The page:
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Re: Ignoring files known to CVS, when updating

From: Todd Denniston
Subject: Re: Ignoring files known to CVS, when updating
Date: Tue, 08 May 2007 15:31:36 -0500
User-agent: Thunderbird (X11/20070221)

Marc-André Boucher wrote:
Is there a way to ignore files that are already known to CVS? The problem is I
want to deploy my project to multiple servers/environments/sites, but I don't
want to override the configuration files every time I create my deployment
I have a single directory with my project which I update using CVS, and
multiple directories with the configuration files of each of the
servers/environments/sites where I deploy.

I would like to run a single "cvs update" command to keep the project
up-to-date, but ignoring the config files so that I don't have to modify them
everytime they are committed in CVS.

I have modified them directly on the deployment server, and they merge
everytime I update the project, which is ok, but if the configuration files
are committed for some changes, I don't want them to merge : I'm gonna modify
them manually if I have to.

I know it seems like a software deployment problem, but the CVS part
is the heart of it. I have found other ways to do this, but they're too much
of a "patch" than a real solution!

Thanks again for your time. If there's a way to do this, that would spare me
some problems!

I think you can do this with the modules file.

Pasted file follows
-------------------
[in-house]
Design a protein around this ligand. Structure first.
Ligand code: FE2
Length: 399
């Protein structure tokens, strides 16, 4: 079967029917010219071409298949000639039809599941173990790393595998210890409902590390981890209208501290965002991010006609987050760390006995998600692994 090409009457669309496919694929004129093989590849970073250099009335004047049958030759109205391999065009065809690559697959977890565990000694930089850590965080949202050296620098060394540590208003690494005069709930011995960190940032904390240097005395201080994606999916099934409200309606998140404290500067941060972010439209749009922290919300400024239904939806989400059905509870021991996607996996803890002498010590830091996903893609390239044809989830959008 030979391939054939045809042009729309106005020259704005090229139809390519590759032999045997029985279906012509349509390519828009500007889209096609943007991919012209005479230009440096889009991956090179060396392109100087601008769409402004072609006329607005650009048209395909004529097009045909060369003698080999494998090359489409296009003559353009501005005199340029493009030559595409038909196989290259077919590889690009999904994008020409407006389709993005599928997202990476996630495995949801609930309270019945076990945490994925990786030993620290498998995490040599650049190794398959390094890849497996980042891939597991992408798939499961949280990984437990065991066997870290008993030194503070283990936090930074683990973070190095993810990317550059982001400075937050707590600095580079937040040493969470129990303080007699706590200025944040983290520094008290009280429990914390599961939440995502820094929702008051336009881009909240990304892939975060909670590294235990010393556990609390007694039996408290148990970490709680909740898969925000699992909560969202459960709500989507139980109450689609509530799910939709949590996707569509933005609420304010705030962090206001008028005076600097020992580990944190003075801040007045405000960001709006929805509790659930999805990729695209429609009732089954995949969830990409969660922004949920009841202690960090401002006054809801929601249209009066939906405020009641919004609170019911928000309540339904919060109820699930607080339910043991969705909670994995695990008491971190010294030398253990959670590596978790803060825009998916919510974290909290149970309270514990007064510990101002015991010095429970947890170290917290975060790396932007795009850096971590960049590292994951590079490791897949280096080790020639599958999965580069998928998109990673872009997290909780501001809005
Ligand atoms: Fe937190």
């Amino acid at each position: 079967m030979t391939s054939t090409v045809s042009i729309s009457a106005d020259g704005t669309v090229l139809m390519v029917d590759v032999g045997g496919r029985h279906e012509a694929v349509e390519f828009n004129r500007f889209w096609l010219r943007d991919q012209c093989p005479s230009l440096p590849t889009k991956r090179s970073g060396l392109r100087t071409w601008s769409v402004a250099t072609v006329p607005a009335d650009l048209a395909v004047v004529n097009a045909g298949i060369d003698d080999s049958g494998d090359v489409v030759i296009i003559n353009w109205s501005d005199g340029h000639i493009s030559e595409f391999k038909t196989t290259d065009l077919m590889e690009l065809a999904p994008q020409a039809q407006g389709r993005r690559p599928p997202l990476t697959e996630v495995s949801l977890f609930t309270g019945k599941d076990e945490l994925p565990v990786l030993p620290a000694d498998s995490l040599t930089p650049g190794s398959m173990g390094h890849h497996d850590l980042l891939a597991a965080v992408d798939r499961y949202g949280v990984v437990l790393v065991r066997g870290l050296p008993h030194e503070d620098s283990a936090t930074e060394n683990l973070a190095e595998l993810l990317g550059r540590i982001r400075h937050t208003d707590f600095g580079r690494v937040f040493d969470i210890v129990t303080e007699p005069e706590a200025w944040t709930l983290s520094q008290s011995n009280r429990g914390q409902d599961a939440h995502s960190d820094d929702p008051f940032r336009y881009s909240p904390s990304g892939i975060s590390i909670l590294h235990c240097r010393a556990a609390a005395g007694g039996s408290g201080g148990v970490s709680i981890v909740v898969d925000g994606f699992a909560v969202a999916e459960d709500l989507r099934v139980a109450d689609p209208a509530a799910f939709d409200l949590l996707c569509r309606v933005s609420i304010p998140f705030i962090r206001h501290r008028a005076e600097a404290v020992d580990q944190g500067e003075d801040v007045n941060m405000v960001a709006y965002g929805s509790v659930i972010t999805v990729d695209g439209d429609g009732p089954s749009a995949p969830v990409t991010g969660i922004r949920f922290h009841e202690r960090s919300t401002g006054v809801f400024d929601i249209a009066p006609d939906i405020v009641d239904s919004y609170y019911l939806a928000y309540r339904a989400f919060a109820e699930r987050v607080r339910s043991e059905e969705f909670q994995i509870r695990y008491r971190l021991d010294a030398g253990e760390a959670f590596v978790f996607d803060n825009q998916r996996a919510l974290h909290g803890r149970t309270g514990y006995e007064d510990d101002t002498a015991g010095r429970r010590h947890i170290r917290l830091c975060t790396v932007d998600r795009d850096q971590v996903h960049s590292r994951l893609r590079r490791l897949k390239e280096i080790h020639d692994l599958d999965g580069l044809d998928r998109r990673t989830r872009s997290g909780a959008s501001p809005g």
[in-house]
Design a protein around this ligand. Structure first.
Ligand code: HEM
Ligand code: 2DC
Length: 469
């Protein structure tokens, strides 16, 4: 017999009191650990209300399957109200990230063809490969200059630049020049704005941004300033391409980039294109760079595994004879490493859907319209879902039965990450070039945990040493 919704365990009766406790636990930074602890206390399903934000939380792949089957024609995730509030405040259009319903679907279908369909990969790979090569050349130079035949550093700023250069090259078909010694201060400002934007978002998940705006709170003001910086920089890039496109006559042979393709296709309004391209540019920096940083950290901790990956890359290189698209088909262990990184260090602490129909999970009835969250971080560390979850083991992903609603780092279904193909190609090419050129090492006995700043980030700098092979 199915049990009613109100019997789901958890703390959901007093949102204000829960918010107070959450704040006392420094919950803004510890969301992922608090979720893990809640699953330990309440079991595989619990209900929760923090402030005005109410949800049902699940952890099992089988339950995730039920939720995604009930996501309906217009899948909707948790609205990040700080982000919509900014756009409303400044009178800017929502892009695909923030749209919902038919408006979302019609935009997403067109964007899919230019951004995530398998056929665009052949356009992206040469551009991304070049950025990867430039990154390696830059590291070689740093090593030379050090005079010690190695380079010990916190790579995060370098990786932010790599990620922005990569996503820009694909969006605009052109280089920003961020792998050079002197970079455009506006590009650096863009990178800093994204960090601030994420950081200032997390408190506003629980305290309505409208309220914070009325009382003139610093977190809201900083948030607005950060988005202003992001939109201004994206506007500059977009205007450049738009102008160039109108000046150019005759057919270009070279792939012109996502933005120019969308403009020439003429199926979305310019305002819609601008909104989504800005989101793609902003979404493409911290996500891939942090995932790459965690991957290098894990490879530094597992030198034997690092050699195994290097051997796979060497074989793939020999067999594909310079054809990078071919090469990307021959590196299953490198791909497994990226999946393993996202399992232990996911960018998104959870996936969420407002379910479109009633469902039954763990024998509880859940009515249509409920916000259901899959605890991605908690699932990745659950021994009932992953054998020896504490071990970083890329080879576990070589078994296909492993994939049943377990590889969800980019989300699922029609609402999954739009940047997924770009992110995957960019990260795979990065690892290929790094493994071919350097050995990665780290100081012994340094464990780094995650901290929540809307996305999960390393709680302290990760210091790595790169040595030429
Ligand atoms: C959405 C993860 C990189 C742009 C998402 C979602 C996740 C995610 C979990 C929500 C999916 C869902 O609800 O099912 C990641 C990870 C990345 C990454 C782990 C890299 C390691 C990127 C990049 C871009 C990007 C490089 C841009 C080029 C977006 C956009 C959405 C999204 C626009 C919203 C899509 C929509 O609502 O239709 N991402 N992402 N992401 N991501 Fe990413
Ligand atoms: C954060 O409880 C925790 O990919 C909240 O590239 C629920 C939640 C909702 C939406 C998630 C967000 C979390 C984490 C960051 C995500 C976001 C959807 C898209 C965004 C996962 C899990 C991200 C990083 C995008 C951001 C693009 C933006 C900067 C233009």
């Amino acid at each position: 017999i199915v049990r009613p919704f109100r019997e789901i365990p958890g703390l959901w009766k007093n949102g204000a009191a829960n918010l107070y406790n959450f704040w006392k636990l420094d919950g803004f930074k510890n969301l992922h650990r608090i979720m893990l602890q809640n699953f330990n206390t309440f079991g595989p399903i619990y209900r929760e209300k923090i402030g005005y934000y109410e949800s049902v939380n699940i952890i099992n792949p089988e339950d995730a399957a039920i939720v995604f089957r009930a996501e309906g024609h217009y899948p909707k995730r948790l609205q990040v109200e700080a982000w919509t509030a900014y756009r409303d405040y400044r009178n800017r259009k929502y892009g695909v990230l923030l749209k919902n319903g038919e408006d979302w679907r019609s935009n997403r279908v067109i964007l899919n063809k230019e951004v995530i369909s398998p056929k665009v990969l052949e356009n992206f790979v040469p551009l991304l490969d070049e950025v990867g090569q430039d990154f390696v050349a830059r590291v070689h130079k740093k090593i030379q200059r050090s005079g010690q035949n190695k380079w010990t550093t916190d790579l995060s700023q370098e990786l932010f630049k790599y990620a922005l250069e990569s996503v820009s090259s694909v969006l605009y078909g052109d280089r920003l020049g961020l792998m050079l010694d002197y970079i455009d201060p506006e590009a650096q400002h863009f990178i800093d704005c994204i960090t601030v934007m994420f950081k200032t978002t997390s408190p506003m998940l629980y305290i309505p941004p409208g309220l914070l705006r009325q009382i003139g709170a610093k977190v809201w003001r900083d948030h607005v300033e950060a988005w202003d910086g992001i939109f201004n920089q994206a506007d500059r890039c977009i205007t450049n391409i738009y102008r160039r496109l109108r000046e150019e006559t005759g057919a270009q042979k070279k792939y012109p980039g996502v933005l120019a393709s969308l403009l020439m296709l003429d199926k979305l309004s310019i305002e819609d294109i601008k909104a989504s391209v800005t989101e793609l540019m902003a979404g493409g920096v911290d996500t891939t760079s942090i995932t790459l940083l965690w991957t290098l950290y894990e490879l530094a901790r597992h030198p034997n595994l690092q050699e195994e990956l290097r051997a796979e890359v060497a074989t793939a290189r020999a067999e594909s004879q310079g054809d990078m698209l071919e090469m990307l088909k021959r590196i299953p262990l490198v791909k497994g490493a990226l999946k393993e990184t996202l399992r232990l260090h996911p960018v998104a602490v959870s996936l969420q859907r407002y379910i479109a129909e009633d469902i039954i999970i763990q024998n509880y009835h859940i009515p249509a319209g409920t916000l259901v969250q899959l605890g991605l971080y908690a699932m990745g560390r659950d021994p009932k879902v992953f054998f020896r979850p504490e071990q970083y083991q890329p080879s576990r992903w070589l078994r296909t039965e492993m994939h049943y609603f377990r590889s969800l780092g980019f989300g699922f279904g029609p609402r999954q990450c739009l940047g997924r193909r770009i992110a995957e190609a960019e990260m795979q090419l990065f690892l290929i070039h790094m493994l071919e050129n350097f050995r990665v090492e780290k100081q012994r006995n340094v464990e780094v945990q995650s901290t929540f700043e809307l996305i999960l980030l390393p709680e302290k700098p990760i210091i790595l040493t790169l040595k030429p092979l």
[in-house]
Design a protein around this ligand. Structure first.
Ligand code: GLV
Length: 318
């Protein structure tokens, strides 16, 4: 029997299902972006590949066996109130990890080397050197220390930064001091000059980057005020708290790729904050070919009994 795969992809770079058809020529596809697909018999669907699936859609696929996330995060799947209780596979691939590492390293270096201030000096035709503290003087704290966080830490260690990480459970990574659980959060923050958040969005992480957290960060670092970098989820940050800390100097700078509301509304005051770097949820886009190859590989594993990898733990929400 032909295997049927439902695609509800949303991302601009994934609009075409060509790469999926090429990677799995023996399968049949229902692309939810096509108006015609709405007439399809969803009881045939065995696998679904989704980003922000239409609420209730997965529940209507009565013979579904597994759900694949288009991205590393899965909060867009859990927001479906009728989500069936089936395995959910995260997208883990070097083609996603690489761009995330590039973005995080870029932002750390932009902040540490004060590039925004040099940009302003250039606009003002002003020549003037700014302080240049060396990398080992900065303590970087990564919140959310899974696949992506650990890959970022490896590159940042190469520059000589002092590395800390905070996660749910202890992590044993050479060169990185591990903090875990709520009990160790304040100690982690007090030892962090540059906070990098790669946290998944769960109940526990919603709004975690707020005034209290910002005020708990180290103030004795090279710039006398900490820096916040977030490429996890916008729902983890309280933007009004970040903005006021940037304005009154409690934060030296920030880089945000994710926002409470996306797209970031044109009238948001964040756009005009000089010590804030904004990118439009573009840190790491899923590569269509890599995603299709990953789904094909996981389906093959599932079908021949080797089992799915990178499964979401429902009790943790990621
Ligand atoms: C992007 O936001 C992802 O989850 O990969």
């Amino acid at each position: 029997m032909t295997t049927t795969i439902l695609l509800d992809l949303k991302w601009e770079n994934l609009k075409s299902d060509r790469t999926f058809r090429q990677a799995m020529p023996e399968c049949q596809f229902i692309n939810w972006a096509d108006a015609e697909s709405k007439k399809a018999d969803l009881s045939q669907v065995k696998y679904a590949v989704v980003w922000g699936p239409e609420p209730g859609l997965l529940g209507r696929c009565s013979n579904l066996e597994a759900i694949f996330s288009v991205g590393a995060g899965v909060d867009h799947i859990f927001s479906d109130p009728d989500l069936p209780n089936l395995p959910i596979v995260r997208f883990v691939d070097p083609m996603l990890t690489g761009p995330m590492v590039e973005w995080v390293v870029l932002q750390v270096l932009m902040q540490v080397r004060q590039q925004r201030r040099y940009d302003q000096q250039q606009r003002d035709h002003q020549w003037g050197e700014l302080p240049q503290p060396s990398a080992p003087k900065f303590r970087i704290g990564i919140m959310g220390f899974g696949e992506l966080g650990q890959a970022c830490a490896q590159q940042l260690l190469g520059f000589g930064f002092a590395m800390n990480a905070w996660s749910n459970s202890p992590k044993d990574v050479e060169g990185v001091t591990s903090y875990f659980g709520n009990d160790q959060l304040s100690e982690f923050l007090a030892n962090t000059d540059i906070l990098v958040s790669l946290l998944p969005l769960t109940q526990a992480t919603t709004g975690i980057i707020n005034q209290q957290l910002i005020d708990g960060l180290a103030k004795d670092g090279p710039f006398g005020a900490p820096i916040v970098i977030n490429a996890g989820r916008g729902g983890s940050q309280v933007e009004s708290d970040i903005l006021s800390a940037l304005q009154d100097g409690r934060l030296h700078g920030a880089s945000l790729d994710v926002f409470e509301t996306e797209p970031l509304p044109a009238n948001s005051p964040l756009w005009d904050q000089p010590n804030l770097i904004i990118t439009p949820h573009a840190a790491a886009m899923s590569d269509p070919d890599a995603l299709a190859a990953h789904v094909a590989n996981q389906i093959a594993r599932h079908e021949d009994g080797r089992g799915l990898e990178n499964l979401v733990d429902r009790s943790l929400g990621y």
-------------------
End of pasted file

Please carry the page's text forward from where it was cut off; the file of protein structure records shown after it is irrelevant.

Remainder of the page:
What follows is a paste-able script to replicate what I did to prove it to 

cd /tmp/
mkdir testme
cd testme/
mkdir repo
cvs -d /tmp/testme/repo/ init
mkdir repo/myroot
cvs -d /tmp/testme/repo/ checkout myroot
cd myroot/
mkdir dir1
mkdir dir2
mkdir dir3
for i in `seq 1 5`;do date > dir1/common$i;done
for i in `seq 1 5`;do date > dir2/com$i;done
for i in `seq 1 5`;do date > dir3/specific$i;done
cvs add dir*
cvs add dir*/*
cvs commit -m "dont ask"
cd ..
cvs -d /tmp/testme/repo/ checkout CVSROOT
#make the following mod.
--- CVSROOT/modules     8 May 2007 10:08:43 -0000       1.1
+++ CVSROOT/modules     8 May 2007 20:09:18 -0000       1.2
@@ -24,3 +24,6 @@
 # character to interpose another module into the current module.  This
 # can be useful for creating a module that consists of many directories
 # spread out over the entire source repository.
+specific2  -a myroot/dir1 myroot/dir2 myroot/dir3/specific2

cvs commit -m "dont ask" CVSROOT/modules
mkdir codir
cd codir/
cvs -d /tmp/testme/repo/ checkout specific2
for i in `seq 1 5`;do date >> \
    /tmp/testme/myroot/dir3/specific$i ;done
cvs commit -m "dont ask" /tmp/testme/myroot/dir3/
cd myroot/dir3/
cvs update
ls -ltrh ;echo "should only see specific2"

IIRC the reason this works is the CVS/Entries file in dir3 only contains the entry for specific2 and so it does not look for others unless you update with the '-d' option.

BTW, using the -a was not obvious to me until I understood that it is telling cvs to replace the module name on the command line with exactly what comes after the module name in the modules file ... i.e.
specific2  -a myroot/dir1 myroot/dir2 myroot/dir3/specific2
is not the same thing as
specific2   myroot/dir1 myroot/dir2 myroot/dir3/specific2
and I don't understand why.

if you don't want to create the modules file you could do (at the checkout place in the script after I indicate mod the modules file):
cvs -d /tmp/testme/repo/ checkout \
    myroot/dir1 myroot/dir2 \

Todd Denniston
Crane Division, Naval Surface Warfare Center (NSWC Crane)
Harnessing the Power of Technology for the Warfighter

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